Unfortunately, Nyerere’s sincere and well-intentioned socialist project ran into trouble in the late 1970’s, and the Tanzanian economy was in shambles. The goal of attaining self-reliance was never realized, and the country continued to depend on foreign aid. The ujamaa villages turned out to be instruments of state control of agriculture, the benefits of which went into the pockets of the bureaucrats. Consequently, production suffered and numerous peasants (the so-called uncaptured peasantry) found ways and means to abandon their village communes and set up their own subsistence-farming practices. The economic crisis worsened with the rapid decline in exports and the country’s inability to import the basic consumer goods. By 1977-1978, the collectivization program had come to an end.

Unable to meet its debt obligations, the government of Tanzania was forced to abandon its socialist policies at the insistence of the World Bank and the International Monetary Fund. This situation was exacerbated by the global oil crisis of the early part of the decade and by Tanzania’s declaration of war in 1978 against neighboring Uganda, then under the violent dictatorial regime of Idi Amin. Though Tanzania won in April, 1979, it was a Pyrrhic victory, as the country’s military expenses stood at the rate of U.S. $1 million per diem for more than twelve months. In his farewell speech on November 5, 1985, the day he resigned, President Nyerere acknowledged the shortcomings of his ujamaa policies.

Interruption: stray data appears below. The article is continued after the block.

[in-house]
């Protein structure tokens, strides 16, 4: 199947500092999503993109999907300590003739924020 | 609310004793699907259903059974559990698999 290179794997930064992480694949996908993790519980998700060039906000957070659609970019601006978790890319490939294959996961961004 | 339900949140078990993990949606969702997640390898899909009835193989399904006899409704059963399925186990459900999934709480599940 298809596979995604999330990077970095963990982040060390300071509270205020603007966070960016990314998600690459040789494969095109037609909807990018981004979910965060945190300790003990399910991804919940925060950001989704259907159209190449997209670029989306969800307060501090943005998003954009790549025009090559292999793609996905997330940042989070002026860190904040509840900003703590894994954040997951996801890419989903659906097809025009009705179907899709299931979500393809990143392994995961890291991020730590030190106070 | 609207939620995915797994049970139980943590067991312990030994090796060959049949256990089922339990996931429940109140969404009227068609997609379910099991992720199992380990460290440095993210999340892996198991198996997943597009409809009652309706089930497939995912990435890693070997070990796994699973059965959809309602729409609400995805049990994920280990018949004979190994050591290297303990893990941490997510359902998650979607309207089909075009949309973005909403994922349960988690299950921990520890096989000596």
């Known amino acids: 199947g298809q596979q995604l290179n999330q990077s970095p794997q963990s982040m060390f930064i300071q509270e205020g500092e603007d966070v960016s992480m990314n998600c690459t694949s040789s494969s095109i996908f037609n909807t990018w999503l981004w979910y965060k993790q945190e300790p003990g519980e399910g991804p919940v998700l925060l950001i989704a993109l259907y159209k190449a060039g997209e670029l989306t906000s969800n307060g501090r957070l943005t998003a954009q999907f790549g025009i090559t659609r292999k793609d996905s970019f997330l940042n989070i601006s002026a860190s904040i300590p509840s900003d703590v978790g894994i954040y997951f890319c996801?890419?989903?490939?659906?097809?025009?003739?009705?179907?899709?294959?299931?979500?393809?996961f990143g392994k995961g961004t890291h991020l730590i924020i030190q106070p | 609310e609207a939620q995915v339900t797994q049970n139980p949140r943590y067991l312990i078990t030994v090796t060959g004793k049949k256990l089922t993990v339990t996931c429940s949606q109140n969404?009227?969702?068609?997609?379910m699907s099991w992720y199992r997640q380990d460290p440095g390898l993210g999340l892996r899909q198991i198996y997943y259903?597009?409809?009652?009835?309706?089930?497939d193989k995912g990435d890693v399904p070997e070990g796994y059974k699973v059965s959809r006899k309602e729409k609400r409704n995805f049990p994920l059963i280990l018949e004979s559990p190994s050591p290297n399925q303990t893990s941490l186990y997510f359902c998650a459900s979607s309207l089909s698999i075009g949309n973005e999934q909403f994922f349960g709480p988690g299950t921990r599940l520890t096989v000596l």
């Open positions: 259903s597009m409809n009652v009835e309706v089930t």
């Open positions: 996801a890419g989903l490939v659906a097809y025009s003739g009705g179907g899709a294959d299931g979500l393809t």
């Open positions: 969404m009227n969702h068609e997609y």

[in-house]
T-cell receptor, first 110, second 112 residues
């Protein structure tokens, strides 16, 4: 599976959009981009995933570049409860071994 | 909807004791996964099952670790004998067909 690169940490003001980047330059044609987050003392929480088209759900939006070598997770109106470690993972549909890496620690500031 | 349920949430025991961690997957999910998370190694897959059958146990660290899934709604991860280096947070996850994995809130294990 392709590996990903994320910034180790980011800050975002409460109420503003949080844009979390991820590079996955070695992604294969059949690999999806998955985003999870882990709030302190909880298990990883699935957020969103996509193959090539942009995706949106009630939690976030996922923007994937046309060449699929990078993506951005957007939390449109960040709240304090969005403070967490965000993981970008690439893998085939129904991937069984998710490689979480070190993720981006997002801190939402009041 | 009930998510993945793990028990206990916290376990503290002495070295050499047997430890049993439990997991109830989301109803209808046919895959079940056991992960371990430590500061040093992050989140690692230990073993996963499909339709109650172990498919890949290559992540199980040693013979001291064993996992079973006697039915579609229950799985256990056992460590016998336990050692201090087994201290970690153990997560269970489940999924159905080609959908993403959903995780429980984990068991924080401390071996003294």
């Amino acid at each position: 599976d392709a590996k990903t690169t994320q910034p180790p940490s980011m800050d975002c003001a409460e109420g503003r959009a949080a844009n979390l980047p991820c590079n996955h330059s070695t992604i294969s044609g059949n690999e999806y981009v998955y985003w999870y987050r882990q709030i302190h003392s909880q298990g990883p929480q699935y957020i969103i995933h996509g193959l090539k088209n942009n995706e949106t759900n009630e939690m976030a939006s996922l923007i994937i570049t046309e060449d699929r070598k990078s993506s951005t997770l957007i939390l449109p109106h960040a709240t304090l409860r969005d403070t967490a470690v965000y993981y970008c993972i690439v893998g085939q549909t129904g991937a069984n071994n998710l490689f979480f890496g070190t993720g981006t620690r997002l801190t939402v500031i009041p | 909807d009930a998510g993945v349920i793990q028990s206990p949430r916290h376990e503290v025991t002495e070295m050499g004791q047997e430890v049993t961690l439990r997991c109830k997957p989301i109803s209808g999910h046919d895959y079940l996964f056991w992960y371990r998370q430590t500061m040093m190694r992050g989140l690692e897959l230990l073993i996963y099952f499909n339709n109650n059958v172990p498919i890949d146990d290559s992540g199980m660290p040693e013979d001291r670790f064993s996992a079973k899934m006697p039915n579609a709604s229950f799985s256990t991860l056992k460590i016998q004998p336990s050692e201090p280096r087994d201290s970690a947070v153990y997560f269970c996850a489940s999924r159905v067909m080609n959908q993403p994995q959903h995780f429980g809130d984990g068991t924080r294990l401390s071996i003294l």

Significance

Doubtless the ujamaa program proved to be more utopian than utilitarian. Nevertheless, it resulted in raising the country’s health and education standards. Also, Nyerere’s judicious implementation of Kiswahili as Tanzania’s national language and his one-party state (Chama cha Mapinduzi, formed in 1977 by merging TANU with the Afro-Shirazi Party of Zanzibar) went far in unifying his country and thus avoiding ethnic divisions and disasters that plagued the neighboring regions of the continent. Socialism Economic systems;socialism Arusha Declaration (1967) Tanzania;socialism Economic policy;Tanzania Postcolonialism;Tanzania